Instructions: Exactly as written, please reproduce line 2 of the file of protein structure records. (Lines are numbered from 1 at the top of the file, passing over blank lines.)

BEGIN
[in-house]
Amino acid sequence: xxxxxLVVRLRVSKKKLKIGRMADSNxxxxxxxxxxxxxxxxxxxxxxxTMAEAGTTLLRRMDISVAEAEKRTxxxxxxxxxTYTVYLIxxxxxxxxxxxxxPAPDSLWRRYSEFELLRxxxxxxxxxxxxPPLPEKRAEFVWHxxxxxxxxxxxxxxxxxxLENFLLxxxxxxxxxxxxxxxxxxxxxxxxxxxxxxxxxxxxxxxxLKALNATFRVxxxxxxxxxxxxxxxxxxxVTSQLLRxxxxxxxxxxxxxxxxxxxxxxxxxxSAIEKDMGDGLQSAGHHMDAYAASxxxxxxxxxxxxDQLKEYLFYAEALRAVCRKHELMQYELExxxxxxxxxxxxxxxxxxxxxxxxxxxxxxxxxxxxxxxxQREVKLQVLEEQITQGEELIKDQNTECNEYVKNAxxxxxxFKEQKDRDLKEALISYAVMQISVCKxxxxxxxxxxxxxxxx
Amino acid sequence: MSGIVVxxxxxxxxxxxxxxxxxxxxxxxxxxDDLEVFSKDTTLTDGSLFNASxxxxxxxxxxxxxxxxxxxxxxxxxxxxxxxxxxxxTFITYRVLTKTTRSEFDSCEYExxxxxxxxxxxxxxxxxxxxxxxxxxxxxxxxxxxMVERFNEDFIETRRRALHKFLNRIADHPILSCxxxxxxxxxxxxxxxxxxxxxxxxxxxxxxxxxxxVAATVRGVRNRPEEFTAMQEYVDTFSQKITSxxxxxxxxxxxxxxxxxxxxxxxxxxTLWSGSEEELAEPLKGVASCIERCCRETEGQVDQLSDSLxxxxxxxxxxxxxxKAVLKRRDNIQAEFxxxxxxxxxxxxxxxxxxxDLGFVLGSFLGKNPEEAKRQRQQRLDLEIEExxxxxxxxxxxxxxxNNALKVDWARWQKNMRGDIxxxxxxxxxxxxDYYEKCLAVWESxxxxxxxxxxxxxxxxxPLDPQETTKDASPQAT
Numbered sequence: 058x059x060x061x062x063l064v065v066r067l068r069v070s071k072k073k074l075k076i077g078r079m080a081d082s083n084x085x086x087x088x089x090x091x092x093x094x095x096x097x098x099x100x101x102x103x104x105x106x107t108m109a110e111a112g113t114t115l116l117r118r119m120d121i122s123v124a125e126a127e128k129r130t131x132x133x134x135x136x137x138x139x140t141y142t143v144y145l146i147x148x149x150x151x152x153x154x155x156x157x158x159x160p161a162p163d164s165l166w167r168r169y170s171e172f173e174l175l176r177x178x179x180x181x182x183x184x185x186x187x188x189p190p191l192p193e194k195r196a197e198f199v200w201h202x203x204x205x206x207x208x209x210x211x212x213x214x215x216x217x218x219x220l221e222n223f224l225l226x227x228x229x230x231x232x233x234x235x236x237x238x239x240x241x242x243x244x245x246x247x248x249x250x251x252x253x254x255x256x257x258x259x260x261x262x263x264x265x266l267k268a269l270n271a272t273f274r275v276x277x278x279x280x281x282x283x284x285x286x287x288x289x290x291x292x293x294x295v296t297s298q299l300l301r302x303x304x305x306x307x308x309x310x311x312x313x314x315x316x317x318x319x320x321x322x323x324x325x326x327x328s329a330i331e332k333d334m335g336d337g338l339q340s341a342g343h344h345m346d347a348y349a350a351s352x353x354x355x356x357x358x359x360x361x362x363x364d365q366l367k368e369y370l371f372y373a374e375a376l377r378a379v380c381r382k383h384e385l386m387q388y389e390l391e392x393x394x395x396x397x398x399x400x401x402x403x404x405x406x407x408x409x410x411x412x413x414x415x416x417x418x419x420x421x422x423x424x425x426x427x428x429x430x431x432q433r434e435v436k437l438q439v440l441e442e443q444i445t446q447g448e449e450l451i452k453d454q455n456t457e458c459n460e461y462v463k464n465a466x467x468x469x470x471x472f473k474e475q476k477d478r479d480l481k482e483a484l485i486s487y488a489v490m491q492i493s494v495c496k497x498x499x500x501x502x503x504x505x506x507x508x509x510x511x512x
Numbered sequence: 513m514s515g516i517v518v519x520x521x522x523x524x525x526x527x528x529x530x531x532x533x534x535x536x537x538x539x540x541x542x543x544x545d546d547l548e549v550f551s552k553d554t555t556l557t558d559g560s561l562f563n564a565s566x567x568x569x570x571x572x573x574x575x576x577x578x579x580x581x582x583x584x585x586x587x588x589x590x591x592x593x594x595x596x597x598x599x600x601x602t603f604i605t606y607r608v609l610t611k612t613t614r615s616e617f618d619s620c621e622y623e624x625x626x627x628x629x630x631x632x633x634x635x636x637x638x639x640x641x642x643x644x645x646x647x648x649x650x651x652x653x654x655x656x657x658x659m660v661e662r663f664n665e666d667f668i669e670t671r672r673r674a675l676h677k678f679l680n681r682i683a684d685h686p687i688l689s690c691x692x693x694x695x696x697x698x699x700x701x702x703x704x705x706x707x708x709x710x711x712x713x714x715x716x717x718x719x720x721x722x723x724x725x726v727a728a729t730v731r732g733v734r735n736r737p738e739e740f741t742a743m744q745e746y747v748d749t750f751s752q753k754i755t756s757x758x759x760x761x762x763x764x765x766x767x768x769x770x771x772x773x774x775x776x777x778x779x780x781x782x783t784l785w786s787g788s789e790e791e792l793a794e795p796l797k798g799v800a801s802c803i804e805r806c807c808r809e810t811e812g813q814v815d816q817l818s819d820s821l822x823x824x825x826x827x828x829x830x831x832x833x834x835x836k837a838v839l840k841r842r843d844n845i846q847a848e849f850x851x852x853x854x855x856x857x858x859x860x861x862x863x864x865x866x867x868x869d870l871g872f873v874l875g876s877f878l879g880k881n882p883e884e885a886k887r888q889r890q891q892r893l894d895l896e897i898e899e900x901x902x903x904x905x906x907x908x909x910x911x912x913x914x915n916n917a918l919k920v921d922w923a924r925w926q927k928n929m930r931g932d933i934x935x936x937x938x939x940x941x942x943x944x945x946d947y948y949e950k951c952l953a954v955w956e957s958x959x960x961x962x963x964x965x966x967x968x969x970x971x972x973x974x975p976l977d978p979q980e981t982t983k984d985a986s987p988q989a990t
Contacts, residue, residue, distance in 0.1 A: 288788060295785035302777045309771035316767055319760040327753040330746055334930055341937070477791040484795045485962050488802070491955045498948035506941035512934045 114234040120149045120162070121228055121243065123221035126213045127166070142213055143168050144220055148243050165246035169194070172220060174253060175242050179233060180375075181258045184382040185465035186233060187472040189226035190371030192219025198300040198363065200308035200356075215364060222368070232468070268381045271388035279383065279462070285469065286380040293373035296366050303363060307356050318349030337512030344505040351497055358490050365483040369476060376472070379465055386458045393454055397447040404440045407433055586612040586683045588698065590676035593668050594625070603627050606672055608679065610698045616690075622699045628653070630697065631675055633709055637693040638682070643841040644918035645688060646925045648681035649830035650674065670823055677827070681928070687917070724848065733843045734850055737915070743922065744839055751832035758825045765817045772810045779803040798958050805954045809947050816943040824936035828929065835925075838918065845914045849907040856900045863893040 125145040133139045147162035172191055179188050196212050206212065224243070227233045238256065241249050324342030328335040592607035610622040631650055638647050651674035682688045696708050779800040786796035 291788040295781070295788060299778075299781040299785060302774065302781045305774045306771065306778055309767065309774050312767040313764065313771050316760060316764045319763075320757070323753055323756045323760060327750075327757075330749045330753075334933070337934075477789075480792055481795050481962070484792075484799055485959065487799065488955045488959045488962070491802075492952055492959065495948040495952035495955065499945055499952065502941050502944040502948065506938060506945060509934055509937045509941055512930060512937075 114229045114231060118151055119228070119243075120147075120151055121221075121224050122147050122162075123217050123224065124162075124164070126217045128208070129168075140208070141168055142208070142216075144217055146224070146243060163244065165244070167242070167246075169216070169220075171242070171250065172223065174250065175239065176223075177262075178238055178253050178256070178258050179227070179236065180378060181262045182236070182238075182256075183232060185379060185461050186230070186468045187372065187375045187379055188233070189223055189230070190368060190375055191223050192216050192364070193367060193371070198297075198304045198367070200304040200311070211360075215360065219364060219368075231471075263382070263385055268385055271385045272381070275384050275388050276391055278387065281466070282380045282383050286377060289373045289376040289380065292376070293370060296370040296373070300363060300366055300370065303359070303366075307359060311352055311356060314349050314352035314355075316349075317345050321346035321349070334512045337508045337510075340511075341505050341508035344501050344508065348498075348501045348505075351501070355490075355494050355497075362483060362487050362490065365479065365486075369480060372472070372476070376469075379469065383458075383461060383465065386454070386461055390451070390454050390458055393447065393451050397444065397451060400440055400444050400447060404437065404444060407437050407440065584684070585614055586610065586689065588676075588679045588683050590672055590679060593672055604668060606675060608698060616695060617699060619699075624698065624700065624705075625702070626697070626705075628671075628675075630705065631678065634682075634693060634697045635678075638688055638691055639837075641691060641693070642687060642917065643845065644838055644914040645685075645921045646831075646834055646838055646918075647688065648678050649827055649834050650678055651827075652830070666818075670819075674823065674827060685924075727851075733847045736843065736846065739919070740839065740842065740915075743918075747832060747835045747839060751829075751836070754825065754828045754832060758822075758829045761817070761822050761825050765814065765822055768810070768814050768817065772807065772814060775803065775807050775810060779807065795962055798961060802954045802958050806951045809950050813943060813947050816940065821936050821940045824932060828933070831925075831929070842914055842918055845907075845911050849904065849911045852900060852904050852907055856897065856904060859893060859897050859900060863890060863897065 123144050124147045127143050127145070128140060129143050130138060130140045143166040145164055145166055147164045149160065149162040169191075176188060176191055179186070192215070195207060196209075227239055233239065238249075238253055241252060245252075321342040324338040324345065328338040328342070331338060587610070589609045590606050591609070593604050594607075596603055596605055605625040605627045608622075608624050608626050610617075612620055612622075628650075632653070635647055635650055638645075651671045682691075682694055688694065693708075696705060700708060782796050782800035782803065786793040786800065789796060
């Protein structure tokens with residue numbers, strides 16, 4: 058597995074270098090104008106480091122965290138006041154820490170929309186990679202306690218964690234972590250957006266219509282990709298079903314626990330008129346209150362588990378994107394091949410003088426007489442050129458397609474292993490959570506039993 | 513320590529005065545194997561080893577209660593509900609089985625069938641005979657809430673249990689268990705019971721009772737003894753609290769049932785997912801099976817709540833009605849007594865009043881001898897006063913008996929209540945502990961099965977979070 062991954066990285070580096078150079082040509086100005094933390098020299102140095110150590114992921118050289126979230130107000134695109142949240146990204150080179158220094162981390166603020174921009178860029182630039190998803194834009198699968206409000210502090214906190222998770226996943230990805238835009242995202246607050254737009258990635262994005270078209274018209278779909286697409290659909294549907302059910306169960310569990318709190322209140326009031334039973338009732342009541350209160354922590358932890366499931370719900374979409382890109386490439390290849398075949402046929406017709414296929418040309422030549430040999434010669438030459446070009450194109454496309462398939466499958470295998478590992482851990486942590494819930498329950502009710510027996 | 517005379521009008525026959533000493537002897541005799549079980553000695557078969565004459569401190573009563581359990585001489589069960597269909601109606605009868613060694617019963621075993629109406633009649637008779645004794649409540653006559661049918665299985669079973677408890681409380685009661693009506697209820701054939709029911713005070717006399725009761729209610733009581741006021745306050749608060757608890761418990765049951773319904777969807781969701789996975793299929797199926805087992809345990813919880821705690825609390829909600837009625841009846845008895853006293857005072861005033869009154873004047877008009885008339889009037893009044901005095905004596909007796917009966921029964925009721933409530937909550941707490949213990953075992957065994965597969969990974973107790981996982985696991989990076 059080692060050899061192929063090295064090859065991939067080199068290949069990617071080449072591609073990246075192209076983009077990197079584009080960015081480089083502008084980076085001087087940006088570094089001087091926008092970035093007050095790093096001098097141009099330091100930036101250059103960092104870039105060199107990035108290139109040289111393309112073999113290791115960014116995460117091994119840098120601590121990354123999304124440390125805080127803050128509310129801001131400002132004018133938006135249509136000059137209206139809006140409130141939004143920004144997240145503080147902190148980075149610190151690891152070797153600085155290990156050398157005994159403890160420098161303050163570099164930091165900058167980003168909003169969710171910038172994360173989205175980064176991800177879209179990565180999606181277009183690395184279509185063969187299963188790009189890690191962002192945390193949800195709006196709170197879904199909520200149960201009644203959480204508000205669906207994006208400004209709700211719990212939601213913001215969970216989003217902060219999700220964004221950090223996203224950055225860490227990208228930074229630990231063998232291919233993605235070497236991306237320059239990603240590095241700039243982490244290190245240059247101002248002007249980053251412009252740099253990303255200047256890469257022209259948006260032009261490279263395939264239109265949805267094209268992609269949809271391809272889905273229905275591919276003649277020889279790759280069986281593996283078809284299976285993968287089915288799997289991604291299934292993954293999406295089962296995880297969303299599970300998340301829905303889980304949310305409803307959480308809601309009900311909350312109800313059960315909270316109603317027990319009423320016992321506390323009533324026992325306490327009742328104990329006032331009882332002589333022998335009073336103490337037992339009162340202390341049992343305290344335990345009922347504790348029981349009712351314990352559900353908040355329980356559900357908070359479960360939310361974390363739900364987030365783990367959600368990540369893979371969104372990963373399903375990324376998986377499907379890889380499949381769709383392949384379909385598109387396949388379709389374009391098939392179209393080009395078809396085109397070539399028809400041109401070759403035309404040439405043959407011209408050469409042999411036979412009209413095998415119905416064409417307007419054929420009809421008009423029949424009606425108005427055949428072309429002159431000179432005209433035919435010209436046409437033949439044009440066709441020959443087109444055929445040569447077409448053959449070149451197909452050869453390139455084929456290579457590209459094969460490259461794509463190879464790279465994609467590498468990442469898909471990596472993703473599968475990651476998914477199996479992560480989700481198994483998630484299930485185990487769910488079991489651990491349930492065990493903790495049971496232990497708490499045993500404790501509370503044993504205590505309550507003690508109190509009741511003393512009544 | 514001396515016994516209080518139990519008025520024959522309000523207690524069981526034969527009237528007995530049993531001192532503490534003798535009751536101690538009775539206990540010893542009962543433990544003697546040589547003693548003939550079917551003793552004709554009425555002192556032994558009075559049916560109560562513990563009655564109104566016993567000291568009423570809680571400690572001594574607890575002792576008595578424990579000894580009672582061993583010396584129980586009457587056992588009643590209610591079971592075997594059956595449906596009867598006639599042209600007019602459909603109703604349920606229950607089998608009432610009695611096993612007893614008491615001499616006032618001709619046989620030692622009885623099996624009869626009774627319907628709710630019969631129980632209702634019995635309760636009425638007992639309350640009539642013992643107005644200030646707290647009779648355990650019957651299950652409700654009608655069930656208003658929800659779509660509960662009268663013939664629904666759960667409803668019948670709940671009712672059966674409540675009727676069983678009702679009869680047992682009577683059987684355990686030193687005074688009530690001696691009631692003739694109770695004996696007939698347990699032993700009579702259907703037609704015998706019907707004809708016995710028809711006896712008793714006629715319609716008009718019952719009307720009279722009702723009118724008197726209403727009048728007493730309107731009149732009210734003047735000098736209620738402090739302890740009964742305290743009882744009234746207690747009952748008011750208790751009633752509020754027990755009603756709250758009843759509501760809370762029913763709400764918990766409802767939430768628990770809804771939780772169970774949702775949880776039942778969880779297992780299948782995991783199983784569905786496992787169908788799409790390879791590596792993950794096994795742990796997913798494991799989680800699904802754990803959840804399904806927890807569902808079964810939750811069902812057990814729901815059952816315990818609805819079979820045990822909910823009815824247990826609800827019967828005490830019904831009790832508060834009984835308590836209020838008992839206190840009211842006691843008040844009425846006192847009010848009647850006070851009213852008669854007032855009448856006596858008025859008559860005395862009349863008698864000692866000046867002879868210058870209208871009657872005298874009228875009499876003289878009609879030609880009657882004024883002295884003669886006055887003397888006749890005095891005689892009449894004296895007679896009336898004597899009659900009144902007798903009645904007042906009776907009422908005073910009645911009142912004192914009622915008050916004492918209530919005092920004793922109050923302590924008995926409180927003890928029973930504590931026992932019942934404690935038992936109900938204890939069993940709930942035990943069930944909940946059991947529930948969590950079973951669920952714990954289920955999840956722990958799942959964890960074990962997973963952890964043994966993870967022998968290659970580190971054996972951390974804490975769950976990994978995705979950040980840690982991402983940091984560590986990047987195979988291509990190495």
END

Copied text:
Amino acid sequence: xxxxxLVVRLRVSKKKLKIGRMADSNxxxxxxxxxxxxxxxxxxxxxxxTMAEAGTTLLRRMDISVAEAEKRTxxxxxxxxxTYTVYLIxxxxxxxxxxxxxPAPDSLWRRYSEFELLRxxxxxxxxxxxxPPLPEKRAEFVWHxxxxxxxxxxxxxxxxxxLENFLLxxxxxxxxxxxxxxxxxxxxxxxxxxxxxxxxxxxxxxxxLKALNATFRVxxxxxxxxxxxxxxxxxxxVTSQLLRxxxxxxxxxxxxxxxxxxxxxxxxxxSAIEKDMGDGLQSAGHHMDAYAASxxxxxxxxxxxxDQLKEYLFYAEALRAVCRKHELMQYELExxxxxxxxxxxxxxxxxxxxxxxxxxxxxxxxxxxxxxxxQREVKLQVLEEQITQGEELIKDQNTECNEYVKNAxxxxxxFKEQKDRDLKEALISYAVMQISVCKxxxxxxxxxxxxxxxx